Until early Wednesday morning, Paul Nehlen was little more than a racist, anti-Semitic sideshow in Wisconsin politics. Unless you happen to be a white supremacist, chances are you’ve never heard of him. His political résumé consists of one failed 2016 bid to capture the Republican nomination for a congressional race in Wisconsin, and a favorable shoutout from fellow white supremacist Donald Trump on Twitter.

Paul Nehlen was not to be taken seriously, until suddenly he became the Republican front-runner to defend the congressional seat currently held by the most powerful Republican in the House of Representatives.

On Wednesday, reports began circulating that House Speaker Paul Ryan (R-WI) would not seek reelection in the November midterms. Pundits have long suspected Ryan might call it quits sometime this year, facing the prospect of a difficult re-election and a Democratic wave that could push him out of his Speaker’s chair. But most figured the 48-year-old congressman would at least campaign for re-election.

Instead, Ryan says he plans to retire when his term ends, leaving Wisconsin Republicans scrambling to find someone to run against likely Democratic candidate Randy Bryce. Which means for now, Nehlen is the most likely GOP nominee in a district Donald Trump won by 10 points in 2016.

Nehlen’s first primary challenge against Ryan was unremarkable. He made a few headlines by endorsing Trump’s campaign early, something Ryan himself was reluctant to do. Sarah Palin publicly supported Nehlen’s insurgent campaign, but it ultimately did no good: Ryan captured his party’s nomination with almost 85 percent of the vote.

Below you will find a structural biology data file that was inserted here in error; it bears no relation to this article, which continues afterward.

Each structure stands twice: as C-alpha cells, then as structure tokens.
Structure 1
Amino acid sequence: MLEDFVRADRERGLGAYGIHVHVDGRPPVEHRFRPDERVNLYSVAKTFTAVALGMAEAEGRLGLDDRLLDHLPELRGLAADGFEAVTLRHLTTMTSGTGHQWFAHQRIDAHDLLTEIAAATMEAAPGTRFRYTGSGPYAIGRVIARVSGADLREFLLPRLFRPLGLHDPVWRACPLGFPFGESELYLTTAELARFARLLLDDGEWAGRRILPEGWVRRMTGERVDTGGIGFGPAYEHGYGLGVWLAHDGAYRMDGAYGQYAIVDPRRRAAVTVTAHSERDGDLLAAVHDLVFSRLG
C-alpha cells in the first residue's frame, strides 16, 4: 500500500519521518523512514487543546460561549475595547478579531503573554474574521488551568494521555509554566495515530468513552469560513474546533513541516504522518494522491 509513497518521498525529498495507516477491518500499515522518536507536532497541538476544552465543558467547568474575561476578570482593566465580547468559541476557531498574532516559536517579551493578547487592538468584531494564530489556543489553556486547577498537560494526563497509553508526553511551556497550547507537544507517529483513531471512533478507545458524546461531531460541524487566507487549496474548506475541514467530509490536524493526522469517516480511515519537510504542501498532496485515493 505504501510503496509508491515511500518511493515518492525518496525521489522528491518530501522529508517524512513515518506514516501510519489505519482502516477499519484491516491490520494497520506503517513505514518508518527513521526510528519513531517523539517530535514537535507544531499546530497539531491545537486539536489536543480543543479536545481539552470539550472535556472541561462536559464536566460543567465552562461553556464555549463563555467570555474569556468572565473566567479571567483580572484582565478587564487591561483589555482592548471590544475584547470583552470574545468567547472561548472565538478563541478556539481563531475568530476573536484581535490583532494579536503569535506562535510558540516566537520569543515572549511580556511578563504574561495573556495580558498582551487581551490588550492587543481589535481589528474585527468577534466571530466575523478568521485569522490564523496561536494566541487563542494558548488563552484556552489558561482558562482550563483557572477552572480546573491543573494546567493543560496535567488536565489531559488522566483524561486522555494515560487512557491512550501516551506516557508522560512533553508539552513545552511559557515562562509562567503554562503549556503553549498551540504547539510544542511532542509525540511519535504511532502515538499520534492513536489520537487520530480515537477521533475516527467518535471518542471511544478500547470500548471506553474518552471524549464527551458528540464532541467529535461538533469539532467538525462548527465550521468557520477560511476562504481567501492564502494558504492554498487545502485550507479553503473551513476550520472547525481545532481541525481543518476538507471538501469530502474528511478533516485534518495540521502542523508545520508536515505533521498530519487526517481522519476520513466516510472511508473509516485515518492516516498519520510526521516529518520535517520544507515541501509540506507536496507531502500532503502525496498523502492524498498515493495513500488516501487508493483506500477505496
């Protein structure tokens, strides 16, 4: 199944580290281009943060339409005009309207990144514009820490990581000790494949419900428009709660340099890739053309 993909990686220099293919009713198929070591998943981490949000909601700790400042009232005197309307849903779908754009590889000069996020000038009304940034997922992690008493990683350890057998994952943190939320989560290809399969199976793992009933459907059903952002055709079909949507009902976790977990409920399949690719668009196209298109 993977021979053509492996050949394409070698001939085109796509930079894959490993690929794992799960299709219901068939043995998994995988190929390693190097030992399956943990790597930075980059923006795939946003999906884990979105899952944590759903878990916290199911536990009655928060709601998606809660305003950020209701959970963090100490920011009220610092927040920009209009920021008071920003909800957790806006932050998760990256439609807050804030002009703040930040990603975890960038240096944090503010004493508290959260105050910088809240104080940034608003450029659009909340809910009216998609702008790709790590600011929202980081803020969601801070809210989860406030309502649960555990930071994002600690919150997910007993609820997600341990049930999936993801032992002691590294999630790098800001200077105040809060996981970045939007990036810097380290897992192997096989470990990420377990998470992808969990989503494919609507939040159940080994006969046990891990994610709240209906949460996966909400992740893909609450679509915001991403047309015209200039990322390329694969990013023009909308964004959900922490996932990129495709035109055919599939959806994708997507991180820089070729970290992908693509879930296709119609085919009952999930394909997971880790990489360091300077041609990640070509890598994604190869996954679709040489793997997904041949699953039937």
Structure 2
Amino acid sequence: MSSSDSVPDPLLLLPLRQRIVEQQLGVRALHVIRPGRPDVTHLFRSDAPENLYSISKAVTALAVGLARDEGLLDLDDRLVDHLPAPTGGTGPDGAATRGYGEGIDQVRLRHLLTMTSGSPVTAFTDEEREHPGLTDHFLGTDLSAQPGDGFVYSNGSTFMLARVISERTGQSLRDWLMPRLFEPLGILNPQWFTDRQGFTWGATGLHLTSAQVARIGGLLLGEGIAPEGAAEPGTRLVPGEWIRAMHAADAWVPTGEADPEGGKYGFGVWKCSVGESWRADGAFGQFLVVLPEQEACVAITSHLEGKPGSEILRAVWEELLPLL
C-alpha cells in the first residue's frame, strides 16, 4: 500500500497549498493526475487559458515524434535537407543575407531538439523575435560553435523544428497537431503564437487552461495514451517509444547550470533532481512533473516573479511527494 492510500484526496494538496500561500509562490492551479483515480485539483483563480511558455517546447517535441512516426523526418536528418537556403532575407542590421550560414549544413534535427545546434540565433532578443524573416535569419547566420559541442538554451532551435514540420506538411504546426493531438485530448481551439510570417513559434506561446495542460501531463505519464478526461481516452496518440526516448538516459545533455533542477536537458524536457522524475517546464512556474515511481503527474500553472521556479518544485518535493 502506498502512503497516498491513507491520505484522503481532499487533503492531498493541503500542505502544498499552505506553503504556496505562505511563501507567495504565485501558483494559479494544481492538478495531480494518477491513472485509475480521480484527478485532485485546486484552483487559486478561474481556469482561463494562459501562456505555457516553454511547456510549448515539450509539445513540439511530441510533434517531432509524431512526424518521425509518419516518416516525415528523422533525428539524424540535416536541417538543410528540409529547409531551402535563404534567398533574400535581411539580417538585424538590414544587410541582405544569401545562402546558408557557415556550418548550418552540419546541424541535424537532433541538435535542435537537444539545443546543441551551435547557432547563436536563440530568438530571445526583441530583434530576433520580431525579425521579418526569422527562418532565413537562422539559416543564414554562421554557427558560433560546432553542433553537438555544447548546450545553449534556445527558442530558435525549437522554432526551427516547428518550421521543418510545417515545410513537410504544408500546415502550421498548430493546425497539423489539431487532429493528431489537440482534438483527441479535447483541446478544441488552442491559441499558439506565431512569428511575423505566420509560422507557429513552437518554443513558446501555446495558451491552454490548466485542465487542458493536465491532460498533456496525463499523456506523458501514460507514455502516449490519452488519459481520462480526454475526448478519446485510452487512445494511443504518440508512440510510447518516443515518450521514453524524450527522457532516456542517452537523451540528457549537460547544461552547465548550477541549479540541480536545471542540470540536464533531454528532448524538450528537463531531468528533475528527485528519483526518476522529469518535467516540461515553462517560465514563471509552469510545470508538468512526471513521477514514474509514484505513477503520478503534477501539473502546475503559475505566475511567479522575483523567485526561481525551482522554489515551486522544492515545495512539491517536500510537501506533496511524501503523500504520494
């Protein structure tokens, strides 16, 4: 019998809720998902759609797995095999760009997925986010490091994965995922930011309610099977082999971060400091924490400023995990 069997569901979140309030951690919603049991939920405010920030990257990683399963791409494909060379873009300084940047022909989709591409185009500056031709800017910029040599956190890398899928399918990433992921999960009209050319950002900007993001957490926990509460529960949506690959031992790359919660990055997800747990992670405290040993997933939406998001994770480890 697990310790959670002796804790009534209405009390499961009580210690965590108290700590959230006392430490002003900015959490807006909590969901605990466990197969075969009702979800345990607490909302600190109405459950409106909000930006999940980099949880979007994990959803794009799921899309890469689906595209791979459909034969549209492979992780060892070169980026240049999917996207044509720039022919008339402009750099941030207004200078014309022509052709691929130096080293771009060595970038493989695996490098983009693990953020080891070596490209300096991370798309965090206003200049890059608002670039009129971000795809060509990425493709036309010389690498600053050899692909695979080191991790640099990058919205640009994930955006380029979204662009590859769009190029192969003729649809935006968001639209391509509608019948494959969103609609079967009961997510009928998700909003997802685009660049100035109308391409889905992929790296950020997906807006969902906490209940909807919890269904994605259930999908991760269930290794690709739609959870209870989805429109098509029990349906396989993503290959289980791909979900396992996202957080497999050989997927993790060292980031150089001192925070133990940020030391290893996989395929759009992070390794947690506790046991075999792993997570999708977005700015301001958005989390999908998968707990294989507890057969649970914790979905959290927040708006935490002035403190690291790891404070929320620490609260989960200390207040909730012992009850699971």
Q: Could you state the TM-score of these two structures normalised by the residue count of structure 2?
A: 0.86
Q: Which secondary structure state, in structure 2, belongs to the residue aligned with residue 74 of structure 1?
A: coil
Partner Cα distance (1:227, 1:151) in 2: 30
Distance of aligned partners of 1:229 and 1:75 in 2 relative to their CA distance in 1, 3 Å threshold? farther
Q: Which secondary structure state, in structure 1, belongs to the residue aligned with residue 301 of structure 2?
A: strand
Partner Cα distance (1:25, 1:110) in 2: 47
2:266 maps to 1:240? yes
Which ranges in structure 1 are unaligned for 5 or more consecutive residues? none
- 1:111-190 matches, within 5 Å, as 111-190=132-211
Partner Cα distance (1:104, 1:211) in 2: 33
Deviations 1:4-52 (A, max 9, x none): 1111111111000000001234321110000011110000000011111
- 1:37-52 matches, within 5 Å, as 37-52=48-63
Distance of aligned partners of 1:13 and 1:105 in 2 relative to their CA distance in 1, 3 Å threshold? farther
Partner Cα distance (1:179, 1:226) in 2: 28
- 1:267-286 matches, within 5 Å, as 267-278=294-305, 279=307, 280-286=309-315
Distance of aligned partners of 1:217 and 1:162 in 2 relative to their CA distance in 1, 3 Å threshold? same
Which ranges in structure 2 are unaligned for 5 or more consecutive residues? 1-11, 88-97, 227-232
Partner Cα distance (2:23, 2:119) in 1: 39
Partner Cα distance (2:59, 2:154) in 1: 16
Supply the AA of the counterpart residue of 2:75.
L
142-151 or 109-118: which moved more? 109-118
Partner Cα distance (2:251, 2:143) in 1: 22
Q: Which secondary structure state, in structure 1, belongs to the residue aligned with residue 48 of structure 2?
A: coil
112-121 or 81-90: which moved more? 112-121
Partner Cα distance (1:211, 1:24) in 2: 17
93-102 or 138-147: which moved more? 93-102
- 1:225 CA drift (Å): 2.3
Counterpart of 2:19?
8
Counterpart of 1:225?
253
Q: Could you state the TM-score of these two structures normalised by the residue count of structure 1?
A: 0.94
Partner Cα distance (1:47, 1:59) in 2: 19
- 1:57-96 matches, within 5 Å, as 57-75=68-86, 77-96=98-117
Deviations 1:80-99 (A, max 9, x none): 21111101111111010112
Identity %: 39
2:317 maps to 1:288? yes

But after Donald Trump’s inauguration, Nehlen — like so many other virulent white supremacists and neo-Nazis — was emboldened. He began openly embracing classic anti-Semitic rhetoric, sharing deeply offensive memes on Twitter and the online white supremacist clearinghouse Gab. Whatever hesitation he had to publicly share his racist views melted away as well.

His online behavior finally got him banned from Twitter in February, when he attacked actress Meghan Markle for her biracial genealogy. 

He isn’t without his supporters, though. As he alienated more and more normal Americans, he gained notoriety among the drudgery of the internet. During a white supremacist rally in Charlottesville last year in which a peaceful protester was murdered, Nehlen tweeted messages of support for the rally’s organizers, saying “Incredible moment for white people who’ve had it up to here & aren’t going to take it anymore.” After a white supremacist participant was revealed to be the murderer, Nehlen echoed Donald Trump’s response, blaming bad actors on both sides for the  incident.

Nehlen’s comments earned him favorable coverage by white supremacist media outlets like the podcasts of former KKK Grand Wizard David Duke and crying Nazi Christopher Cantwell, as well as Breitbart, which tried — unsuccessfully — to scrub their fawning coverage of Nehlen.

So toxic is Nehlen’s rhetoric that he’s even been banned from Gab.ai, an alternative social media platform established primarily for the benefit white supremacists and others who have been kicked off of Twitter for violating the terms of service. Nehlen was responsible for doxxing a pro-Trump online troll known as Ricky Vaughn, purportedly because Vaughn (real name Douglass Mackey) lobbied against events like the one in Charlottesville in favor of sticking to online manipulation.

For its part, the Republican Party of Wisconsin has disavowed their new frontrunner. “Nehlen and his ideas have no place in the Republican Party,” said party spokesman Alec Zimmerman in February. Nehlen, who is still running as a Republican in August’s primary, disagrees. 

“I am a member of the Republican Party regardless of what their traitorous, spineless apparatchiks believe,” Nehlen told the Wisconsin State Journal. “Not only does my America First agenda have a place in the Republican Party, it ought to be the centerpiece of the Republican Party.” 

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